Today’s Problem – Hobbies
What’s the problem with hobbies? I don’t really know. Is it that they can be too expensive and time consuming? Or is it that it’s too hard to actually find a hobby? Could be either I suppose. You know what, let’s just cover both of those. This blog post is going to be a two for one. A twofer. I’ve heard it both ways.
Too Expensive and Time Consuming
Hobbies can get expensive rather quickly. It’s really easy to pump money into something that you enjoy a lot. Not to mention that your purchasing patterns for any hobby can naturally be quite impulsive. Sounds like a dangerous combination. Your bank account and hobbies probably don’t get along real well. I can speak from experience on that one. My disposable income usually goes towards vinyl records and occasionally model trains. But hey, work hard, play hard right? Or at least do something that resembles working and then spend the money you earn on fun things.
In addition to this somewhat inherent expensiveness, hobbies can also be pretty time consuming. After all, if you really like something, it only makes sense to put extra time and effort into it. It’s a commitment. You get out what you put in. Hobbies should be activities that you invest a lot into, and get an equal amount of enjoyment out of. They’re also time consuming in that you should partake in enjoying them on a consistent basis. That consistency is key for the activity to actually be a hobby. Let’s take a look at some possible solutions for these hobby problems:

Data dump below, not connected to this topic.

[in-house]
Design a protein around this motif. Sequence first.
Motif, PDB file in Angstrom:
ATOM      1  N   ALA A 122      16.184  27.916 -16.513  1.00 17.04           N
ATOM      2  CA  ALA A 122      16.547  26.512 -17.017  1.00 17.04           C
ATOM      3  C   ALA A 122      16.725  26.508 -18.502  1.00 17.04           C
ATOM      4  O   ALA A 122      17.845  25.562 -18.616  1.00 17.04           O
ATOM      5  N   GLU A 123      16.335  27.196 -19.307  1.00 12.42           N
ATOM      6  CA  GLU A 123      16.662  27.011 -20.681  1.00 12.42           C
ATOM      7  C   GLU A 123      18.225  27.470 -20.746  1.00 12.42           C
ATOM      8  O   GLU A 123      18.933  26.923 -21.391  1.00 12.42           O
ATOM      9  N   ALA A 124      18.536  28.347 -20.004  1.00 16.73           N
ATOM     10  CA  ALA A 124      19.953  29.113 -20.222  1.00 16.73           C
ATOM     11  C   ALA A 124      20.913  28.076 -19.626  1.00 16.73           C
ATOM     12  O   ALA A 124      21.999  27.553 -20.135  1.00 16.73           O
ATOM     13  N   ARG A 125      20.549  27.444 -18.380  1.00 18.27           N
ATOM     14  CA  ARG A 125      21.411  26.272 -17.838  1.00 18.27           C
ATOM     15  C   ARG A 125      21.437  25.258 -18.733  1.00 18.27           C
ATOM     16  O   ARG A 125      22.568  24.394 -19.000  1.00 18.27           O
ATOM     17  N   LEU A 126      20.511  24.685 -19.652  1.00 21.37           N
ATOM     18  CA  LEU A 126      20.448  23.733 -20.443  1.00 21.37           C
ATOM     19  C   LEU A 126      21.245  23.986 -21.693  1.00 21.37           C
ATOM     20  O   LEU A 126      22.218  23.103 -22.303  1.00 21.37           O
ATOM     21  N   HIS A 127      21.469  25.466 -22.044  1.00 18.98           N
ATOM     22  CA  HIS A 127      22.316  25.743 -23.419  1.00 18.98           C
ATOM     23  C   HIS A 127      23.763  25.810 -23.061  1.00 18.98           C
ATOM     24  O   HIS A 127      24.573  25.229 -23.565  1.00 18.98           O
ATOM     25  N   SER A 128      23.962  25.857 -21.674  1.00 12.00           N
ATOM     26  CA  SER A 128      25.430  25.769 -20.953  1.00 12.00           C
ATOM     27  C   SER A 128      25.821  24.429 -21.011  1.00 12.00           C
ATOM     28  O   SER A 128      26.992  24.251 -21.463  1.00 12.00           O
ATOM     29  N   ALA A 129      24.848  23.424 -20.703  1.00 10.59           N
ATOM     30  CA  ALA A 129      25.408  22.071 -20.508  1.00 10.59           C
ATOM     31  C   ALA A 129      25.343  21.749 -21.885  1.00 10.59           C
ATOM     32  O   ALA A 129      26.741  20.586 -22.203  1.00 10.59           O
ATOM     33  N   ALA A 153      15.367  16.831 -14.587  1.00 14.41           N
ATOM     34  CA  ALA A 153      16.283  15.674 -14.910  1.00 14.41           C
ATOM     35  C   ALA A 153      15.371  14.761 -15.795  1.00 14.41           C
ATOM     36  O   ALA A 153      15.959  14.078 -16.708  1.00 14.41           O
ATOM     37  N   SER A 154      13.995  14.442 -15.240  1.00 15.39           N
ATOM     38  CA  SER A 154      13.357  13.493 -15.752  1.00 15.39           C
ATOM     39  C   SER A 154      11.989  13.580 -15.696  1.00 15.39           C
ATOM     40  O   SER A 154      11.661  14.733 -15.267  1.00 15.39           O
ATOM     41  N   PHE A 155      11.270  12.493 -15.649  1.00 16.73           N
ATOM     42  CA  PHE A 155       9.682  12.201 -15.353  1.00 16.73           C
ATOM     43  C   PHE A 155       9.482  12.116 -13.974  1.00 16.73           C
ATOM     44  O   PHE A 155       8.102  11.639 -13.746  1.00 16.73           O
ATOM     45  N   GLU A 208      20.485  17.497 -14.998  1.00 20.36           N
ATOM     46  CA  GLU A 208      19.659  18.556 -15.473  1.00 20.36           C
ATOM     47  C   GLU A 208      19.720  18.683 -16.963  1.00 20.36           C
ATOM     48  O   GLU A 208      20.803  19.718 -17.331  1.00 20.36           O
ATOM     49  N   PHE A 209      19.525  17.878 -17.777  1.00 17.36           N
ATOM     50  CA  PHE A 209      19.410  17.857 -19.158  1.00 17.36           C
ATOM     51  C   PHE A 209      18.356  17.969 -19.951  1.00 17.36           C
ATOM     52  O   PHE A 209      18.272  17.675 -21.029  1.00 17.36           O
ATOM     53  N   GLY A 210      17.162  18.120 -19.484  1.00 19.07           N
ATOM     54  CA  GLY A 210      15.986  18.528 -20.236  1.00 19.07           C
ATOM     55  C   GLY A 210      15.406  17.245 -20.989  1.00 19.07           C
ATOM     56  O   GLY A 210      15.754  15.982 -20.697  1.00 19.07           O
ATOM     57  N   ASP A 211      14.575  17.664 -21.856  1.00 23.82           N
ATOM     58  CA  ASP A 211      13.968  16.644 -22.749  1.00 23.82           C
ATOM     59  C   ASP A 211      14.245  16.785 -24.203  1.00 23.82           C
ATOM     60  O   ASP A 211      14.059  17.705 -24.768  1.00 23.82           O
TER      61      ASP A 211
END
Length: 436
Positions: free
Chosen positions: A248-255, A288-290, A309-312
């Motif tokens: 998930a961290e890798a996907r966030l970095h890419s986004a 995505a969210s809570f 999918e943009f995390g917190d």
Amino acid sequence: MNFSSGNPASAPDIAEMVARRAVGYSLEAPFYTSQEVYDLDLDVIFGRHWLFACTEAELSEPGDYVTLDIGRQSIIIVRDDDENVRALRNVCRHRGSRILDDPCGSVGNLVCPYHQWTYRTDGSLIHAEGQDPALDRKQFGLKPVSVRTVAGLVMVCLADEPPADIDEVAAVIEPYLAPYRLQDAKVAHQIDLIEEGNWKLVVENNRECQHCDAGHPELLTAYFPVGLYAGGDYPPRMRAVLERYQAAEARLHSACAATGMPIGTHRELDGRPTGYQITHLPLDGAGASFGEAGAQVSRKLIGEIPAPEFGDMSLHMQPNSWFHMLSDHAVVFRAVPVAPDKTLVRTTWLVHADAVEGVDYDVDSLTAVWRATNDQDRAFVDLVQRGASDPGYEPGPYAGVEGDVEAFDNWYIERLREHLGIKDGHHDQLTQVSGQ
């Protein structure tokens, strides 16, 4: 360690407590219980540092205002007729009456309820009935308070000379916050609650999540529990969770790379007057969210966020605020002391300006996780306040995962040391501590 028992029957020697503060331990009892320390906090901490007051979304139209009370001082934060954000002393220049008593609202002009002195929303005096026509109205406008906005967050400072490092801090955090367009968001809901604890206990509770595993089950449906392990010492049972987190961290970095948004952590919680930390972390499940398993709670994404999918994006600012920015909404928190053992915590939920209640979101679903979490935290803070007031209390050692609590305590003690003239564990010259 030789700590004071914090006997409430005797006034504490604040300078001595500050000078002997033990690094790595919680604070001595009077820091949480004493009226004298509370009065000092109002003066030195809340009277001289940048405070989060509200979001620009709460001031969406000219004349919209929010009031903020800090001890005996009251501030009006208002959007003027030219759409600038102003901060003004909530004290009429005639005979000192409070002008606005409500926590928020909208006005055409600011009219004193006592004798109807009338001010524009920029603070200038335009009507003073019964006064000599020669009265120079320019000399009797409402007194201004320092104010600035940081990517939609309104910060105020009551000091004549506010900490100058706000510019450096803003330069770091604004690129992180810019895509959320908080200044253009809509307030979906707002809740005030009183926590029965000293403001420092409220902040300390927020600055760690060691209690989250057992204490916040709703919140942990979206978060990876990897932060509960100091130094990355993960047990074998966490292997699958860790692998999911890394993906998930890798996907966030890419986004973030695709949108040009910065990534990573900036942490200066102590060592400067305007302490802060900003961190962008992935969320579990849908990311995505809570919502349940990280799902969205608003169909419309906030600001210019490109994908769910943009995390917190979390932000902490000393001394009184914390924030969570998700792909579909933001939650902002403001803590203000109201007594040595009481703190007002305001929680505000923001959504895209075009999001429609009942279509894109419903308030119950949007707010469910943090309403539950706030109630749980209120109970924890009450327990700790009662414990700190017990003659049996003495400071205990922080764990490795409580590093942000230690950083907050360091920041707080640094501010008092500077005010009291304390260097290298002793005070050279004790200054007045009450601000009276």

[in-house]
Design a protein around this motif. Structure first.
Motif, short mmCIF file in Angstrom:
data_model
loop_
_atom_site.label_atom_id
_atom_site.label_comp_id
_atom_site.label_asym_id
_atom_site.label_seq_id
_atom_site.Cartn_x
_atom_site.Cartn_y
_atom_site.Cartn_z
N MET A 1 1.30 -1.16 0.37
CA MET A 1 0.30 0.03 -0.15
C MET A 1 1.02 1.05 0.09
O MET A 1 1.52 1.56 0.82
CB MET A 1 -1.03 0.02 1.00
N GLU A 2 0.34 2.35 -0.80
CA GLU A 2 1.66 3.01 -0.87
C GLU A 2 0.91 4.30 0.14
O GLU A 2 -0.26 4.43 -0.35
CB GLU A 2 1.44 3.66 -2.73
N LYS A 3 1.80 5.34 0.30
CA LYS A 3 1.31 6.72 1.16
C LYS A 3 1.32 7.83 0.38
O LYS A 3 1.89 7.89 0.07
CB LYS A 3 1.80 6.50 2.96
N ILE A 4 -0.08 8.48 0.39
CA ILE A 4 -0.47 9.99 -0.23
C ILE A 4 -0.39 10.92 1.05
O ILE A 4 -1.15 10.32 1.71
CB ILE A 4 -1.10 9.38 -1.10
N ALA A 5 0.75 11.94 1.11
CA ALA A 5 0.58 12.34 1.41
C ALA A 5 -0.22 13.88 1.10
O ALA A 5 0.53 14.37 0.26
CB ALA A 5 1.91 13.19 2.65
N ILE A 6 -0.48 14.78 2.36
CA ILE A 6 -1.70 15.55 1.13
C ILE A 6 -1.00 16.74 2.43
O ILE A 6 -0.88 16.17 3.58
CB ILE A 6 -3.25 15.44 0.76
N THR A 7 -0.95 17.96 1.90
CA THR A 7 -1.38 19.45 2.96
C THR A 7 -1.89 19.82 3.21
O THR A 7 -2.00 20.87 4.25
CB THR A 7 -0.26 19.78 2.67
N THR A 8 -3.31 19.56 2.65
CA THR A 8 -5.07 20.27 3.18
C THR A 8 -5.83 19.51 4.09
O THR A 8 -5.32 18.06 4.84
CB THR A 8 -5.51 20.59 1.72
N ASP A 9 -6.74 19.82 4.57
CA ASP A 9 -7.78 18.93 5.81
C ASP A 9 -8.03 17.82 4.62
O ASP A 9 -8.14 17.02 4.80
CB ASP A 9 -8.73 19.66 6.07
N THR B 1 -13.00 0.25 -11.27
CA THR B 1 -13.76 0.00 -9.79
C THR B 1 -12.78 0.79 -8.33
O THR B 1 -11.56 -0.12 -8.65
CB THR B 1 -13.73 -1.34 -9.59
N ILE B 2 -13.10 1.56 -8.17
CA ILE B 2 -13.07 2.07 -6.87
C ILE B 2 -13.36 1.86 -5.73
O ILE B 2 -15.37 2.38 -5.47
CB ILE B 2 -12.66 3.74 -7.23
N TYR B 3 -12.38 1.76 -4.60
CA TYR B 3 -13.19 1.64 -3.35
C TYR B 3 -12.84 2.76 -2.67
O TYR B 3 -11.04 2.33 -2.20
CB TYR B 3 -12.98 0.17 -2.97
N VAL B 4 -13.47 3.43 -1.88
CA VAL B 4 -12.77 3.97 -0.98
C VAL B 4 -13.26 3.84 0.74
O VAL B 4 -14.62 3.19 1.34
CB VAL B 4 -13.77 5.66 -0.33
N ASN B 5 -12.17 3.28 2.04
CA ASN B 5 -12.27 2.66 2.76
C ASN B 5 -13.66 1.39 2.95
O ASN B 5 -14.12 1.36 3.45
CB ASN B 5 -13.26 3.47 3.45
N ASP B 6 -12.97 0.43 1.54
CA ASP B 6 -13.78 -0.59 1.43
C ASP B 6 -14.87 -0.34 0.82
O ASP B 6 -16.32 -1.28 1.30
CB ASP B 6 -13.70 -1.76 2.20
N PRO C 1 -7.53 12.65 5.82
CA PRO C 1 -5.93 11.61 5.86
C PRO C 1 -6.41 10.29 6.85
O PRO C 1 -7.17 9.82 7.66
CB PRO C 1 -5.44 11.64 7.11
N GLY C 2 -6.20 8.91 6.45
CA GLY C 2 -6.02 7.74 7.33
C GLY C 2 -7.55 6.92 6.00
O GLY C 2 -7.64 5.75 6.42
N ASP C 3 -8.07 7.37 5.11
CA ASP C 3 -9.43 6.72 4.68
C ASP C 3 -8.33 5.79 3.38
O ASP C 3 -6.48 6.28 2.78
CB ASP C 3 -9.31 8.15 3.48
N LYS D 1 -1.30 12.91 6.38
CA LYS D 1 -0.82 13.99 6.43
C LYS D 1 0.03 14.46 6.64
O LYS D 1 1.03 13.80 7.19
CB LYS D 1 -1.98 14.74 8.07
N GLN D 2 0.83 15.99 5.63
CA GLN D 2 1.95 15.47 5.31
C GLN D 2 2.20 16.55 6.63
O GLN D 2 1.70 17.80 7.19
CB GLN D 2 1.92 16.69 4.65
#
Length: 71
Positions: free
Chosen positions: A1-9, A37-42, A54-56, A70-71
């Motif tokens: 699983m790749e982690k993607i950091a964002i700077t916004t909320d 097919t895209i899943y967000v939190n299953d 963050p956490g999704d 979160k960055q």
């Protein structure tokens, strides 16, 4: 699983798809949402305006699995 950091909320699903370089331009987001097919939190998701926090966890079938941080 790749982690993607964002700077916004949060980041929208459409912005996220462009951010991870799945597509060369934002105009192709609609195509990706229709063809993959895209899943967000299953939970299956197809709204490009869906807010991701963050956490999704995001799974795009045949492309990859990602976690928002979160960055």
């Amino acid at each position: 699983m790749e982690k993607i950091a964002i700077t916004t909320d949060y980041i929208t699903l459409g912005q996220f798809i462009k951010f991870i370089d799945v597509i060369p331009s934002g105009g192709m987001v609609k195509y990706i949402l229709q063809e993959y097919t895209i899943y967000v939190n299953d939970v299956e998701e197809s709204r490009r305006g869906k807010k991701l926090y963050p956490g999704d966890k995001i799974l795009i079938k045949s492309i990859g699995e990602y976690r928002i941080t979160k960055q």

- Budget it out: Make yourself a budget for spending on your hobbies. It can be a monthly or weekly budget. Whatever floats your boat. Obviously the idea here is to put a limit on what you spend. This should help to curtail any whimsical notions that you get to go crazy dishing out money on hobbies.
- Make a schedule: There’s always the option of making a schedule for your hobbies. Maybe it sounds inconvenient to limit the time you spend on them, but it could actually make them more enjoyable. It might give you something to look forward to at the end of a long day at work. Or it could be fun to schedule time with a friend who shares your hobby. This can let you begin to view your hobbies as a nice reward, instead of time consuming problems.
Finding Hobbies can be Hard
Finding hobbies can be just as difficult as dealing with the problems that come from actually having them. At least I feel that way. It’s sometimes a challenge to find an activity worthy of the time and money investment discussed above. For example, you might enjoy playing video games, but it could be argued that it’s not your hobby unless you play them multiple times each week and buy so many each month.
I think social pressures can also make it hard to find the right hobby for yourself. It may come from wanting to belong to a certain social group or institution. We’ve all seen the typical “What are your hobbies?” question on college and job applications. Wanting to have an answer to that question can make you force yourself into the wrong hobby. Here are some tips for dealing with this aspect of hobbies:
- Don’t rush it: Try not to feel like you need to quickly decide on a hobby. It’s not like somebody will beat you to it and it’ll be gone forever. Think about what types of activities interest you. Are you an active person? Or do you prefer more relaxing endeavors? Let finding a hobby be more of a natural process. If you give it time, the right hobby may just come to you!
- Avoid the bandwagon: Don’t go jumping on that ol’ wagon wheel cart. This ain’t the Oregon Trail silly! But seriously, don’t pick up a trendy hobby just because everybody’s doing it. Even if you’re desperate for one. Trust me, you won’t be happy. I mean I’m usually a believer that “Everybody’s doing it!” is a good enough reason for anything (like reading some of my Millennial Problems material). Except this time. You’ve gotta love a hobby to make it meaningful.
Wanna share some of your favorite hobbies with your fellow readers? Comment below!